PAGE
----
Almost 40 percent of Canada can be described as Arctic or subarctic, yet those vast tracts of land are home to less than one percent of our population.
Most of us will never see the midnight sun, paddle the vast lakes of the North, or see snow geese on their nests. But this week we will be able to experience some of the sights and sounds of that terrain, thanks to From the North, a touring program headlined by Quantum Tangle.
It’s a diverse bill, encompassing both dance and music in forms both modern and traditional. But if anything unites the tour’s artists, it’s their love of what surrounds them every day.
“Our natural environment plays such a huge role in our lives,” explains Quantum Tangle singer Tiffany Ayalik, reached with her musical partner Greyson Gritt at an Ottawa tour stop. “It’s extreme warmth, extreme cold, extreme beauty. The weather and the landscape are just so upfront and inescapable that I think a lot of us are very inspired by the land that we come from.”
The Yellowknife duo’s sonic environment includes computerized beats, in addition to Gritt’s acoustic guitar and Ayalik’s electronically looped throat singing. But even when the two venture into the multimedia realm, the land still plays a starring role.
“One piece that we’re performing is called ‘Igluvut’,” Ayalik says. “It’s sort of a love song to the igloo and all of the amazing things that it represents, and how this fascinating, ingenious piece of architecture has been protecting and housing Inuit for thousands of years. And there’s a beautiful film that we project behind us while we sing that was created by my sister and my mom. It shows everyone in my family all joining in and creating this igloo out on the lake.…So that’s a really beautiful moment for us, because we’re singing about family.”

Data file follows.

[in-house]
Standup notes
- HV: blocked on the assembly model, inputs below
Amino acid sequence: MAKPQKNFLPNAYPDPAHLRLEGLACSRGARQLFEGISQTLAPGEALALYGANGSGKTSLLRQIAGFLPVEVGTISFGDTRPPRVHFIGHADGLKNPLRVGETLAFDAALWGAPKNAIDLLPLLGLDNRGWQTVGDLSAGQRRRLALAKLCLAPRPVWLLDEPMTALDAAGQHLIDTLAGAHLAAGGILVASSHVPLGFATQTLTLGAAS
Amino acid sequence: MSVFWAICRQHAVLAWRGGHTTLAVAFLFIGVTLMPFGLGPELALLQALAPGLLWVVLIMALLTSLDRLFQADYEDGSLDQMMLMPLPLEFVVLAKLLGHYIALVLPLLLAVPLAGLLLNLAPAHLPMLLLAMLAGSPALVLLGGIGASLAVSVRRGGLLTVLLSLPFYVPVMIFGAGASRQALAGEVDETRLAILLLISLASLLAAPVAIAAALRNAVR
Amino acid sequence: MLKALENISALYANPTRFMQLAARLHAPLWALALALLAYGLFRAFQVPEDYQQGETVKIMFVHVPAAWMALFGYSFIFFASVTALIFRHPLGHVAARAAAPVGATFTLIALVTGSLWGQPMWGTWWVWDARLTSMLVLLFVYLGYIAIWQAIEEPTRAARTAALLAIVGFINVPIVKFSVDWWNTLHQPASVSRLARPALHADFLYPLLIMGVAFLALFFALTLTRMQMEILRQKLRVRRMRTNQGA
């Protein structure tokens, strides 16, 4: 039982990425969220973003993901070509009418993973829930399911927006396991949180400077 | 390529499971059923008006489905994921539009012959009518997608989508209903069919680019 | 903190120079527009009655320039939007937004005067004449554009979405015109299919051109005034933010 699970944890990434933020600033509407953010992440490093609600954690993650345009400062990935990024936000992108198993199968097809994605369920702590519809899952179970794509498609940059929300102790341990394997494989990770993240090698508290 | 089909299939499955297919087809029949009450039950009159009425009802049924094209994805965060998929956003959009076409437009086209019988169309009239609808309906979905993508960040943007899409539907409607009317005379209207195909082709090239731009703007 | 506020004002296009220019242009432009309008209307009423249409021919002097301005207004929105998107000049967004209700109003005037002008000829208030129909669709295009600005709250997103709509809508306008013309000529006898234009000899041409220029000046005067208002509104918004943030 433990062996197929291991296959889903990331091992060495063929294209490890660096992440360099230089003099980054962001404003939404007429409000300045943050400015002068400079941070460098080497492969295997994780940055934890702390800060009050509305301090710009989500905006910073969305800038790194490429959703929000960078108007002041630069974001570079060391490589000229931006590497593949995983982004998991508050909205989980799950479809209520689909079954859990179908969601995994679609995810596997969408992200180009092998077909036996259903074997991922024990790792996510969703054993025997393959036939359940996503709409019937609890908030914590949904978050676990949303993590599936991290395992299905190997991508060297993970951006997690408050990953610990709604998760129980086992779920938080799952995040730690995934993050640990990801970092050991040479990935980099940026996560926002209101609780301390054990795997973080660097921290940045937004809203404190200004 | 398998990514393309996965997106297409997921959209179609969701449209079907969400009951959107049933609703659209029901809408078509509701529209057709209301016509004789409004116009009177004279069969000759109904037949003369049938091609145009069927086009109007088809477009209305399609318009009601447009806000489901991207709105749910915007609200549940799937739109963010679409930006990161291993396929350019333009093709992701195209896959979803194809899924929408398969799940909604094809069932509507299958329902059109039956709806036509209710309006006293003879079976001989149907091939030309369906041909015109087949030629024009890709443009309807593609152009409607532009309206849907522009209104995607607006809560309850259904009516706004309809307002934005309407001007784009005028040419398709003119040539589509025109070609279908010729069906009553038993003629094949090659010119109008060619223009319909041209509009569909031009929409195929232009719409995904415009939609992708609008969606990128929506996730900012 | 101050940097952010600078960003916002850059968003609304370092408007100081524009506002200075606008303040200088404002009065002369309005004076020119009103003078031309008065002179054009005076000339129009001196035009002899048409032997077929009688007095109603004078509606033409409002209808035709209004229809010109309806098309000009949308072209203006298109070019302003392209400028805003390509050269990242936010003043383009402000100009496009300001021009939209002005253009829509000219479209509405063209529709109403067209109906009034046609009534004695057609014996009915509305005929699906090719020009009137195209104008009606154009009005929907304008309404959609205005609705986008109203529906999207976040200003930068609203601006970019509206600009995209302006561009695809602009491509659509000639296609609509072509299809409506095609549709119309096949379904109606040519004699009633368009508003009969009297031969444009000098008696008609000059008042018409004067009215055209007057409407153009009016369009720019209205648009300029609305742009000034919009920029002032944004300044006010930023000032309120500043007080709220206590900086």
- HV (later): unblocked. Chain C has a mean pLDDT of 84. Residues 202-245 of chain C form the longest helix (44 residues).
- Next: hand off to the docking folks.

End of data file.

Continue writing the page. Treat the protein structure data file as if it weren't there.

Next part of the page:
Life in the Arctic is not always idyllic; as has been well reported, a suicide epidemic is sweeping through northern youth. A solution, so far, has been hard to come by—but both Ayalik and Gritt believe that it’s possible to find strength by looking back while moving forward. That’s what inspired “Amautalik”: the text/sound piece is based on a traditional legend about a forest giantess who imprisoned wayward children in an antler cage on her back. It’s also a powerful metaphor for the prisons of poverty, addiction, and despair.
“‘Amautalik’ is a way to remind young ones that there are things up in the woods that can be scary,” Gritt says. “A lot of these things have taken on even more metaphorical meaning, especially after residential schools and the generational trauma that has run through all of our families.”
But isn’t that just like the Arctic? The winter darkness is real, but it’s balanced by the perpetual light of family and lore.
From the North is at the Cultch on Friday and Saturday (November 10 and 11).